but you should refer to them frequently, at least every few practice sessions.
Let's look at the goal sets and some examples of each:
Term Goals - Five to Ten Years
are basically your career goals. Maybe you want to appear on MTV, maybe
you want to have your own national tour, maybe you want a job in a symphony
orchestra. Be honest about your dreams and dare to put them down on paper.
Term Goals - One to Five Years
These are the major building blocks of your long-term goals. They could
be things like master all music in your Jazz for Guitar book at 150 beats
per minute, complete 4-year music degree, or join a band that is gigging
at least once a month. Again, be as specific as you can.
Term Goals - Two to Fifteen Weeks
Get even more focused, and make an effort to keep these goals realistic
within the time frame specifed. You might write add ten 1980s dance covers
to repertoire, transcribe and memorize Louis Armstrong solo in West End
Blues, or master Mozart Sonata at 150 beats per minute.
Basically a breakdown of short term goals: Learn two 80s covers, transcribe
16 bars of West End Blues, raise Mozart Sonata speed from 100 bpm to 110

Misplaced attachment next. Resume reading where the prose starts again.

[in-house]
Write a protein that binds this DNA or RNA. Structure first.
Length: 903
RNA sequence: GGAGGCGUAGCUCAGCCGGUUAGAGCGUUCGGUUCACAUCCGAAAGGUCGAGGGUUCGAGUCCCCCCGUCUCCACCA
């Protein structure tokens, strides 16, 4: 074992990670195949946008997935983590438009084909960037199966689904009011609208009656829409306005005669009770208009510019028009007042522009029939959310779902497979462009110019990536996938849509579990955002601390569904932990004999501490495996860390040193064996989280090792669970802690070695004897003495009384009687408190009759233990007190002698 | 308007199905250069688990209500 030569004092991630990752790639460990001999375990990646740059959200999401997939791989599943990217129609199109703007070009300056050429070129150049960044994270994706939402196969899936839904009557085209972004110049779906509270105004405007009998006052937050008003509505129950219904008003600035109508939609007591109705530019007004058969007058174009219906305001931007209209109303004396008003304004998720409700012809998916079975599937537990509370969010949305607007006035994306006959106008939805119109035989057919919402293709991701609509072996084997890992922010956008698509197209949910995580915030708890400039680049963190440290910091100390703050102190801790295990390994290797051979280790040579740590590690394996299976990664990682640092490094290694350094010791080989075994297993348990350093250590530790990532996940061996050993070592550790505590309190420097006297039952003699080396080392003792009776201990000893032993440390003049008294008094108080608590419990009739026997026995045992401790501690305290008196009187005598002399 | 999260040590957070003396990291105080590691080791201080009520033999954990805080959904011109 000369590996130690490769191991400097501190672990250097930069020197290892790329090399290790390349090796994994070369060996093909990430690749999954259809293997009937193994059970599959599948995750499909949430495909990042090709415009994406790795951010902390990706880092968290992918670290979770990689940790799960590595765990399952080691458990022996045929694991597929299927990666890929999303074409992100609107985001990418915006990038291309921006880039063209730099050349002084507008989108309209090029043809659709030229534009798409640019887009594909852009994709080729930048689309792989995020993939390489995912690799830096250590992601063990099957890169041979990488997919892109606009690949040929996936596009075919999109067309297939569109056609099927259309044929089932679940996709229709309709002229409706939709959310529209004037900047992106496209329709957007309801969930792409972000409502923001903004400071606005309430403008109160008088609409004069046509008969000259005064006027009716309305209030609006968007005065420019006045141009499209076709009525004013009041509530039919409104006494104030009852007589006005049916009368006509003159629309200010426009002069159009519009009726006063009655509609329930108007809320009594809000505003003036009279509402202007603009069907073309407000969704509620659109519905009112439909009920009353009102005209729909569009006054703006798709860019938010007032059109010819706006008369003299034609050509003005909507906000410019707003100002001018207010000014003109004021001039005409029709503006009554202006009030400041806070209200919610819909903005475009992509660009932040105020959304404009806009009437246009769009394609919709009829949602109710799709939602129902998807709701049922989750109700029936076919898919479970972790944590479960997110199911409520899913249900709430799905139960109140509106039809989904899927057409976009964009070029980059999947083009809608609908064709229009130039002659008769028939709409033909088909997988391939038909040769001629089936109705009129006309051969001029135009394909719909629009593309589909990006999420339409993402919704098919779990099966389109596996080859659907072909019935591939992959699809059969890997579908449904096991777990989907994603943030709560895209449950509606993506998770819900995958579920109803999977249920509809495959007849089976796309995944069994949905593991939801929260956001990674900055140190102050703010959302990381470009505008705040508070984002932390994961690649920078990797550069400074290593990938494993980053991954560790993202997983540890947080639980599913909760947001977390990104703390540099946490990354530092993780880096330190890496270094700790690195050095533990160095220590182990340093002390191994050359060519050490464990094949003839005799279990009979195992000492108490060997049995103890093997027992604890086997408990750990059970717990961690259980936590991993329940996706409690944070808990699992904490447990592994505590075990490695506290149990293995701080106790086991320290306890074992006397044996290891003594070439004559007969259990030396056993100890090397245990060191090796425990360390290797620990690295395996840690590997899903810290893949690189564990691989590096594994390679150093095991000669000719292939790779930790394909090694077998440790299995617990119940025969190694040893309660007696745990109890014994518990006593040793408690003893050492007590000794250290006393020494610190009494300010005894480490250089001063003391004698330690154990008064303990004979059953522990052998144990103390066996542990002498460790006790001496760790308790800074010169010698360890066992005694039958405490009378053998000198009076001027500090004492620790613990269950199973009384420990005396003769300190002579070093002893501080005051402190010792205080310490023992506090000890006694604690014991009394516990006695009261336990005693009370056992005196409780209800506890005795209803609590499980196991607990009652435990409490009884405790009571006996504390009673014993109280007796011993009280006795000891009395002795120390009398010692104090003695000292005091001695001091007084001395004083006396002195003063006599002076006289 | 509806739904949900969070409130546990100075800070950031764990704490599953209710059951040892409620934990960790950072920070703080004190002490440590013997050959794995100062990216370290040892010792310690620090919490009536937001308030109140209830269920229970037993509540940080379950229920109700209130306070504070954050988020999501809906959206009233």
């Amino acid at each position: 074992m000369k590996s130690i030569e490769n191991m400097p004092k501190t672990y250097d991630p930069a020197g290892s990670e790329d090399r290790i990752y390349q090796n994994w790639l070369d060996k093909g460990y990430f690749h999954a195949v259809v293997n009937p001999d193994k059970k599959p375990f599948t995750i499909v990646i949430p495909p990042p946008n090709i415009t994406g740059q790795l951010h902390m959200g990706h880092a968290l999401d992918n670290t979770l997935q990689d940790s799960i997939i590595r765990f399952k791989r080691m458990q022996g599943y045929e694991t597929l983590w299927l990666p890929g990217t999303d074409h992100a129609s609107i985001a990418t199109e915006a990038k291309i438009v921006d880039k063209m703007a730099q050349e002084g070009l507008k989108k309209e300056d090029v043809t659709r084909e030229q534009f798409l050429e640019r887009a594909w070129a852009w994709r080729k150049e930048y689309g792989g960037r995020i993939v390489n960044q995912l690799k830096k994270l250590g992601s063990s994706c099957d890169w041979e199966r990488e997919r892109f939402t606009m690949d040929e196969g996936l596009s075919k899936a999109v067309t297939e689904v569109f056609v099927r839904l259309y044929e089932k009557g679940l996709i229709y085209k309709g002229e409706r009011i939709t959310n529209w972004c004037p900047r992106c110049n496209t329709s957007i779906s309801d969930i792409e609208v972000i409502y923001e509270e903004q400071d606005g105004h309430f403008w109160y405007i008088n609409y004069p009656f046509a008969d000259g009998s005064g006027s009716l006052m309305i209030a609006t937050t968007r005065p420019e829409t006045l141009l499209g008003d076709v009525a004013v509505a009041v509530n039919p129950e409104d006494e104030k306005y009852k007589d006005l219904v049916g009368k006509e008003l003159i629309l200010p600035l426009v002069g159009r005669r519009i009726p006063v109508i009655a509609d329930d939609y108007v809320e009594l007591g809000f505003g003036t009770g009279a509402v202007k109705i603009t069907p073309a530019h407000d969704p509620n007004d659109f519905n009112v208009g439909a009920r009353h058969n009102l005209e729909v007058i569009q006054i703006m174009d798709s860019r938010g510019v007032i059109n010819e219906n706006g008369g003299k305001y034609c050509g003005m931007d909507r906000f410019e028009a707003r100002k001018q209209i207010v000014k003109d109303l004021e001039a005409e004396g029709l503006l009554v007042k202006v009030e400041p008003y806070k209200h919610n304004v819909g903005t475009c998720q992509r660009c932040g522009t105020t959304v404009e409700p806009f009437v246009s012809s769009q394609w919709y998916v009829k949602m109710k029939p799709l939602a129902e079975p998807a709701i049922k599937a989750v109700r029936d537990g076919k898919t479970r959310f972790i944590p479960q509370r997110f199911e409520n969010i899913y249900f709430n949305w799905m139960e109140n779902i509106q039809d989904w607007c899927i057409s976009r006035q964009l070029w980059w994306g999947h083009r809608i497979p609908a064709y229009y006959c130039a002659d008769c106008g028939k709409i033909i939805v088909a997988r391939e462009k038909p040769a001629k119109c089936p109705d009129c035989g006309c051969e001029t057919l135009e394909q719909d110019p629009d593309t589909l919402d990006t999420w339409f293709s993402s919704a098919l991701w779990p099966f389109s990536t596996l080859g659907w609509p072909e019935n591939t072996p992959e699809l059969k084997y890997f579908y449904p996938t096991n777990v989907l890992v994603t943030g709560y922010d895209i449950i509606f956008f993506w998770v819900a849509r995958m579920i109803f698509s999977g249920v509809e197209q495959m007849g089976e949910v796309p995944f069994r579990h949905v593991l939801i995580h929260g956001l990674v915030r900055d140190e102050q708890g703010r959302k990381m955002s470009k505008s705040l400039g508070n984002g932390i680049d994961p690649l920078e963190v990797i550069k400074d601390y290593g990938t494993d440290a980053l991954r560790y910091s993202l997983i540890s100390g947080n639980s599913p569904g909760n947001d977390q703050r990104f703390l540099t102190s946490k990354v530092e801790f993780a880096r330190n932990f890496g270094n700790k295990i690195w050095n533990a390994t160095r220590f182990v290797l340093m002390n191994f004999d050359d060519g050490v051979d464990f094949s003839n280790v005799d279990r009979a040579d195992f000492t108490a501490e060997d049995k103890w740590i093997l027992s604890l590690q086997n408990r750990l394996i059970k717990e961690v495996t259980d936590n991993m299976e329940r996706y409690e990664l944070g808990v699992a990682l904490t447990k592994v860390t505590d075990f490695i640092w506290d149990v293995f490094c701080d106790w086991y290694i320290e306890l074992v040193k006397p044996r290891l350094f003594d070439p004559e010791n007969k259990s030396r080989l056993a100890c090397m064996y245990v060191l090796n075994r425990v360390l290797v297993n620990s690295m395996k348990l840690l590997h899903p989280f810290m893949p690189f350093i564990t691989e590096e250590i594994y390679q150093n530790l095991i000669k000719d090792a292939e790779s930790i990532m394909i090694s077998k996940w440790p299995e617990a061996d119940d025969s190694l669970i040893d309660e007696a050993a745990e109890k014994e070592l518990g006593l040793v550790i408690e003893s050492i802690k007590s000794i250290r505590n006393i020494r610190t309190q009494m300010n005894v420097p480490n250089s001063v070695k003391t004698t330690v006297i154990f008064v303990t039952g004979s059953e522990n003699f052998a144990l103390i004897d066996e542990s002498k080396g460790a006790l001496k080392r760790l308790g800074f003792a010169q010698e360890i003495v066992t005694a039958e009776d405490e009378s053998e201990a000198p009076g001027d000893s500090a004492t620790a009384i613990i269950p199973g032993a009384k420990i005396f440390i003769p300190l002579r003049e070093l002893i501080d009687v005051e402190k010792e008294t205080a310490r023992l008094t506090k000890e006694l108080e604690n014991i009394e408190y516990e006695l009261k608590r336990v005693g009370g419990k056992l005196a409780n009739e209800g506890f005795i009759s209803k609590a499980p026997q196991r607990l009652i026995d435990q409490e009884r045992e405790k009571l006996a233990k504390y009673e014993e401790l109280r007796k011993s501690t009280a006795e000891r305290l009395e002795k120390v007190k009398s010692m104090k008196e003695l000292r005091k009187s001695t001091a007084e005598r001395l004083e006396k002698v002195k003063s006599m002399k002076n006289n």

bpm. Pick a regular, weekly day and time at which you will review your
entire goal list and then rewrite your Week's Goals accordingly.
Write down what you are going to do (or what you did) in today's practice
session. Do this every session. Entries might include Mozart Sonata at
100 bpm for 30 minutes or played first 16 bars of West End Blues solo
for 20 minutes. The key here is little steps. You don't have to feel like
you made any progress, just spend some time with your instrument and document
what you did (and even how you felt about it).
got it all spelled out. Now back to the original topic.
The most astonishing thing will happen after you keep your
log for a month or two. It's nothing short of a miracle, really. You will
find yourself looking back through the log and seeing how far you've come.
Your future goals suddenly turn into past achievements.
You will realize that - holy cow! - you really do make progress, and you
do it quickly. More importantly, you will begin to close practice sessions
feeling really good about what you've done and what you're doing.
As I said before, the pleasure-seeker in you will automatically take that
ball and run with it.
telling you is absolutely true. The only catch (there's always a catch)
is that you have to start the log and really stick to it for a month or
two before your can reap the rewards of time-travel and pure practice
pleasure. Being a lazy, short-sighted, pleasure-seeker like the rest of
us, this might be a lot for you.
If you don't
try it, you'll never know what you could have done. If you trust me, however,
and stick to your log for two months, you will have successfully taken
contol of your own future.
Just do it. Two months from now, when you travel back in time and see
how far you've come, feel free to write me at firstname.lastname@example.org
and tell me I was right all along. I'll be happy to hear from you.